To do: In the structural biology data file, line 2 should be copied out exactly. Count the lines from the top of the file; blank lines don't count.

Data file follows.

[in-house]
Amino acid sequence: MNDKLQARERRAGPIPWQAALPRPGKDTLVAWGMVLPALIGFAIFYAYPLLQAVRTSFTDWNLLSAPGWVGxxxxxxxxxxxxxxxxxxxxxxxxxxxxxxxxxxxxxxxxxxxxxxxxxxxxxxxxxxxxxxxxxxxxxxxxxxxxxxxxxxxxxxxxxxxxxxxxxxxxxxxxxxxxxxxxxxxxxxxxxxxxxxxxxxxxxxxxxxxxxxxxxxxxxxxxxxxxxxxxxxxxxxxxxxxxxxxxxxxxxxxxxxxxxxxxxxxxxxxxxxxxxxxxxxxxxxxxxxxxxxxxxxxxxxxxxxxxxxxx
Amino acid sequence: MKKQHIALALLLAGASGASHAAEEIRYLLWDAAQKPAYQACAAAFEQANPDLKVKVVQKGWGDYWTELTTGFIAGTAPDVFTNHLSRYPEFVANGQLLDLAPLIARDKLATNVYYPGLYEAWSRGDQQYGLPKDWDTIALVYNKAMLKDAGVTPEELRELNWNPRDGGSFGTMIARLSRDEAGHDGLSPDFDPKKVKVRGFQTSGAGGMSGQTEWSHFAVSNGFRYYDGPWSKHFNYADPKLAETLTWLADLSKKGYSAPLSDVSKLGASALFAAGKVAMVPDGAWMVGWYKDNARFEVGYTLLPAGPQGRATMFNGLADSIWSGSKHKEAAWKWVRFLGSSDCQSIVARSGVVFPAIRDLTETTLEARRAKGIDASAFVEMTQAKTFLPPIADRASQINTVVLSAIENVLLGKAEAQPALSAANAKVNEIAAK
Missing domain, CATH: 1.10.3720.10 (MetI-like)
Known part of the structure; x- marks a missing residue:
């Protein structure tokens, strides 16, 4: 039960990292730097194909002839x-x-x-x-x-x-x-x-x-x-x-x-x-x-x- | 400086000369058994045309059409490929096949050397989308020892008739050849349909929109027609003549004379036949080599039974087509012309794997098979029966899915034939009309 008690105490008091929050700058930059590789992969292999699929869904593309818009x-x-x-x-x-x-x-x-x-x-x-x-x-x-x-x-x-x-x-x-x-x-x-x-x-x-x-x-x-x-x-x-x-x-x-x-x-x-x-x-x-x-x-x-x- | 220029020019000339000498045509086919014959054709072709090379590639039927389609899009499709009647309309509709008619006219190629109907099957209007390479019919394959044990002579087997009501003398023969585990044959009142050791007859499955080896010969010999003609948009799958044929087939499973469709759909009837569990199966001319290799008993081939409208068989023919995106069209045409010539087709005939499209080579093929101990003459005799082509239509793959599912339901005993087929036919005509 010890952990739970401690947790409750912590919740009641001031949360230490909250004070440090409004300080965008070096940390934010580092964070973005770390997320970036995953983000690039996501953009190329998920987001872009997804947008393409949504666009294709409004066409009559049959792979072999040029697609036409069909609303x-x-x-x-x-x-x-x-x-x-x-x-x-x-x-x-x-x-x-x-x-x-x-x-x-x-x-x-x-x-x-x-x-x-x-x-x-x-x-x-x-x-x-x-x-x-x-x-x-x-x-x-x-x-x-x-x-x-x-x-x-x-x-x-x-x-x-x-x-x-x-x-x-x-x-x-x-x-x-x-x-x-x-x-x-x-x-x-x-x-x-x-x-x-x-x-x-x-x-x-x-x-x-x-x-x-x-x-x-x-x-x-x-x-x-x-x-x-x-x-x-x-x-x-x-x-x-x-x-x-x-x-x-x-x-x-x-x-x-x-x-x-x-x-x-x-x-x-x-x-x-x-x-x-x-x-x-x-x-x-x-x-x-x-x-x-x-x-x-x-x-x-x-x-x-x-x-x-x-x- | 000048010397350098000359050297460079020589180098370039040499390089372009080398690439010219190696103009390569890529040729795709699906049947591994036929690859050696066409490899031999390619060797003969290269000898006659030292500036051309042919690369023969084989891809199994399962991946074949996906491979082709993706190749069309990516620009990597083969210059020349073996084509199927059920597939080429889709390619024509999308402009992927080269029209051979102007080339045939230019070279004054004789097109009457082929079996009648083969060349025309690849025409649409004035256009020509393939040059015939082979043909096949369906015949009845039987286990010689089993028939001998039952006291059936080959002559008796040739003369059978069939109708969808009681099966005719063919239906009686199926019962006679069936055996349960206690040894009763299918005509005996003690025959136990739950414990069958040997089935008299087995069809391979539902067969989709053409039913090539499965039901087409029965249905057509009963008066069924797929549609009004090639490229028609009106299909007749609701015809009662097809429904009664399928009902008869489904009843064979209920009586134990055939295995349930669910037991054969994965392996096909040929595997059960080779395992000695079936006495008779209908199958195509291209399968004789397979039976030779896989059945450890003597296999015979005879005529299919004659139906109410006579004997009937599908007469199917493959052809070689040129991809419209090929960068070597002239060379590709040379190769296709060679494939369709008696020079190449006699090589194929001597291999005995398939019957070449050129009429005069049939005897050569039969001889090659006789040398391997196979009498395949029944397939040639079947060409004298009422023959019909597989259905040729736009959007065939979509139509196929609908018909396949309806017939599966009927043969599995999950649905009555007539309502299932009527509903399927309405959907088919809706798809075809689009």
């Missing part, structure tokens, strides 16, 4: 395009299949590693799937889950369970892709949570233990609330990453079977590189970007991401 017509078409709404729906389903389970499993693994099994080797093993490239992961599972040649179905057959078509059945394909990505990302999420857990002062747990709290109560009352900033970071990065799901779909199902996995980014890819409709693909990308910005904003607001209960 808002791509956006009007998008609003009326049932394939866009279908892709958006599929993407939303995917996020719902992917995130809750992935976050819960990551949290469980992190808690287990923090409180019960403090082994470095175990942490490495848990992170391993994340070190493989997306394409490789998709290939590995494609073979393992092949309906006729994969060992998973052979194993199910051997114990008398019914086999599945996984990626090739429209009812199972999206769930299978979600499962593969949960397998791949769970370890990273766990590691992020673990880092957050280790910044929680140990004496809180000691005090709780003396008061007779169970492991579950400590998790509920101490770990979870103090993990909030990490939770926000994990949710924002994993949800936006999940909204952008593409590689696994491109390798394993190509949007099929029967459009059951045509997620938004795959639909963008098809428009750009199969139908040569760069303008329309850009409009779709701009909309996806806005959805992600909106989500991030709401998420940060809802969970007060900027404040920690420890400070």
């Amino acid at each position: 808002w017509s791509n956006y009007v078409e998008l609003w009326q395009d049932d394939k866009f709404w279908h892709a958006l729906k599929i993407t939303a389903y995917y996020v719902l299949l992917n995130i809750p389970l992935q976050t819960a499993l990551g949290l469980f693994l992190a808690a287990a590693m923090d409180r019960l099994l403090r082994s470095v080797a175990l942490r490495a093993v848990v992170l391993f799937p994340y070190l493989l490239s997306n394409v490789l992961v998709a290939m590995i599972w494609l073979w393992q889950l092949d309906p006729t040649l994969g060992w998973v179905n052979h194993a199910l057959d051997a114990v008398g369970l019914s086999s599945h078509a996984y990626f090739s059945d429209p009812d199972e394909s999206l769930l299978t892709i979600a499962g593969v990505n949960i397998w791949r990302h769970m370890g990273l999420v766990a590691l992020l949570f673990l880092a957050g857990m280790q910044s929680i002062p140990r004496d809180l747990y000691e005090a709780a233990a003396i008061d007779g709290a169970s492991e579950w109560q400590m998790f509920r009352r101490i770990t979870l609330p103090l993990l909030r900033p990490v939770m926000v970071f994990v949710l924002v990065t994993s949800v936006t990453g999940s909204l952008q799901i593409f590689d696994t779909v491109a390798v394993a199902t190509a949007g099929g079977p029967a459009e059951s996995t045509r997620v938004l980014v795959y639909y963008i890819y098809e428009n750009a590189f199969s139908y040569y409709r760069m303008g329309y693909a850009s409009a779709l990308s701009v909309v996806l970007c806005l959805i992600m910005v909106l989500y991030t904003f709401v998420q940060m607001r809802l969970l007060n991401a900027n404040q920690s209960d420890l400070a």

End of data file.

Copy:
Amino acid sequence: MNDKLQARERRAGPIPWQAALPRPGKDTLVAWGMVLPALIGFAIFYAYPLLQAVRTSFTDWNLLSAPGWVGxxxxxxxxxxxxxxxxxxxxxxxxxxxxxxxxxxxxxxxxxxxxxxxxxxxxxxxxxxxxxxxxxxxxxxxxxxxxxxxxxxxxxxxxxxxxxxxxxxxxxxxxxxxxxxxxxxxxxxxxxxxxxxxxxxxxxxxxxxxxxxxxxxxxxxxxxxxxxxxxxxxxxxxxxxxxxxxxxxxxxxxxxxxxxxxxxxxxxxxxxxxxxxxxxxxxxxxxxxxxxxxxxxxxxxxxxxxxxxxx